TXU and other companies generally point to steep natural gas prices and customers' rabid demand for more electricity as the incentives for their coal plant buildup. But some analysts question whether this strategy even makes sense economically, much less politically and morally. "A lot of utilities are ignoring the whole issue. They're pretending there's not going to be a climate policy," says Bruce Biewald, president of Synapse Energy Economics, a research and policy organization in Cambridge, Massachusetts. "We're saying, ‘get your heads out of the sand.' Your particular decision, say, to build out fossil-fuel plants in Texas while pretending there'll be no costs to carbon emissions is simply imprudent."
While there is no mandated nationwide emission limit for carbon dioxide, thanks largely to the fact that the Bush administration wouldn't ratify the Kyoto Protocol, several bills being mulled in Washington call for a cap and various forms of carbon trading programs to help reward cleaner emitters and punish the dirtier ones. In Europe such a market, called the European Trading System, already exists, and California and other individual states, as well as a group of northeastern states, are already setting themselves up for a cap-and-trade system. In essence, such a system could allocate to utilities and other emitters allowances based on their emissions levels, or the caps could be auctioned, as many economists prefer.
Synapse estimates that if U.S.
companies had to comply now with the Kyoto Protocol the cost of emitting carbon
would be $20 to $50 a ton of carbon dioxide. (TXU's proposed new coal plants'
emissions, therefore, might cost the utility up to $3.9 billion every year if
it had to pay outright for them.) Biewald says companies that try to
"grandfather" in new coal plants so they can get free allowances are banking on
a "highly risky strategy." The key precedent in the United States that Biewald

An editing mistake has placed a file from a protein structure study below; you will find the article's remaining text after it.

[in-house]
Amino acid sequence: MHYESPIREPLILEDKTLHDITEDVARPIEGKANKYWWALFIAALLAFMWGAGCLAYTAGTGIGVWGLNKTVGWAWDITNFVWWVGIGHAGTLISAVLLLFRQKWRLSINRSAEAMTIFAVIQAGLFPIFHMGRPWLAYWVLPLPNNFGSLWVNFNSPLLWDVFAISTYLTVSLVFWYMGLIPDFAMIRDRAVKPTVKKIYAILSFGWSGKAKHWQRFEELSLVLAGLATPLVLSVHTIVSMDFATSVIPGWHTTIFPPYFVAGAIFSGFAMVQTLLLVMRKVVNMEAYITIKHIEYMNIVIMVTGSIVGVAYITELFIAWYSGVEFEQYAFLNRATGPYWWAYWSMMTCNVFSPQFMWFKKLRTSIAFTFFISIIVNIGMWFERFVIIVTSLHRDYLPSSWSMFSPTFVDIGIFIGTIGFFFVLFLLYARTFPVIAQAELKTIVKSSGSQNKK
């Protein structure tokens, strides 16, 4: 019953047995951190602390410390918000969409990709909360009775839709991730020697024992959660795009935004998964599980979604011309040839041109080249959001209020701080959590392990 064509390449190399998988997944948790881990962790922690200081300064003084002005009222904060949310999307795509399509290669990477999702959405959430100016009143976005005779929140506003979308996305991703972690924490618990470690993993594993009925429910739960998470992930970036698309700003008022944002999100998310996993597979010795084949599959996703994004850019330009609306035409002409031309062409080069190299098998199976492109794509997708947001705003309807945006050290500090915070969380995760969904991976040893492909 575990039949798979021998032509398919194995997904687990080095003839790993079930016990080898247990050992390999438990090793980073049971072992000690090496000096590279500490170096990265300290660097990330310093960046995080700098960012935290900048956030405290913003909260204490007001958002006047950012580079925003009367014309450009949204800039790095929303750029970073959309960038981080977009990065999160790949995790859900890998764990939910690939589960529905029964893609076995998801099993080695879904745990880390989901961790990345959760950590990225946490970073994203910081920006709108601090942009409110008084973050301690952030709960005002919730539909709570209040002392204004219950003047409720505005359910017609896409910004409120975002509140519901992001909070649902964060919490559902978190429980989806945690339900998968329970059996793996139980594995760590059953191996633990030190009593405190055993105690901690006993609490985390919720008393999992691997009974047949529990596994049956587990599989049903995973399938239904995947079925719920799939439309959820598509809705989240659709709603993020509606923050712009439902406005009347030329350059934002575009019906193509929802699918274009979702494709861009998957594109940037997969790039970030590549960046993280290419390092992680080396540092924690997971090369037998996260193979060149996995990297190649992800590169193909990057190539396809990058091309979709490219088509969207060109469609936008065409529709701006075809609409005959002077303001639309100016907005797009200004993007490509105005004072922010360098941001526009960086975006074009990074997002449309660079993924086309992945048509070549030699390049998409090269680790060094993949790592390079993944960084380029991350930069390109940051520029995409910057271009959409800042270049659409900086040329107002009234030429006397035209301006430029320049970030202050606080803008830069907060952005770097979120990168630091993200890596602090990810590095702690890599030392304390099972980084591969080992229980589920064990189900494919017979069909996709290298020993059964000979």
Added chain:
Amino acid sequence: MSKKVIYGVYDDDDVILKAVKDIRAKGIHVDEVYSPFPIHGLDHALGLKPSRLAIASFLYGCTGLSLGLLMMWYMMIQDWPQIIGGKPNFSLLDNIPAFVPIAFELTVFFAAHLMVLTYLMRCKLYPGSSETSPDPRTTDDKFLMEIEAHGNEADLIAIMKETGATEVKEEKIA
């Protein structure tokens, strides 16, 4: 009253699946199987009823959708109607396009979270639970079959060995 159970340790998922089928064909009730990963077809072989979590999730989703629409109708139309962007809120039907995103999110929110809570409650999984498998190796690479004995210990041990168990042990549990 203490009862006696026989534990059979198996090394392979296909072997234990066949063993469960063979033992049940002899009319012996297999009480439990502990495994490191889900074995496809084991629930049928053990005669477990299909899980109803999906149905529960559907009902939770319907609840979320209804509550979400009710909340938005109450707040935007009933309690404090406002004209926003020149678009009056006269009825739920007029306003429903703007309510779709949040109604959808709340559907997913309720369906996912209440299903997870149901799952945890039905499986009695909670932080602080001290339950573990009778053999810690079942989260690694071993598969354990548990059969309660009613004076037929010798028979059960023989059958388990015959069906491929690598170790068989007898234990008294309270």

and others point to is the successful sulfur dioxide cap-and-trade program
spurred by the 1990 Clean Air Act. It allocated allowances to polluters based
on their emissions levels from several years prior to the ruling. Another model
is the California Climate Registry, which allows utilities and other companies
to claim credit for acting early. The message is, do good now and you'll be
rewarded once a cap-and-trade system is in place. And one more risk factor to add
to the mix: U.S. electric power companies (and automakers, for that matter),
have not been forced to put a price on carbon emissions in part because CO2
is not legally defined as a pollutant. That may change if the U.S. Supreme
Court rules, in a case now before it,
that the Environmental Protection Agency must classify CO2 as a criteria pollutant.
Whatever kind of emissions mandates the courts or politicians may impose, many utilities (backed by Department of Energy incentives and research projects) are developing "cleaner" coal burning technologies. The most conservative form applies to conventional pulverized-coal plants-making them burn more efficiently and creating higher steam temperatures and water pressures, for instance. These are called "supercritical" and "ultra-supercritical" steam boiler technologies. At best, such plants, intended to operate for at least 50 years, would make coal combustion at least 46 percent efficient, compared with an average 30 percent efficiency rate of conventional pulverized plants. But critics view these plants as a mere band-aid approach to carbon emission reduction and, more important, a diversion from investing in much cleaner coal technology and renewable energy sources. These plants would also require as much water for cooling as conventional generators.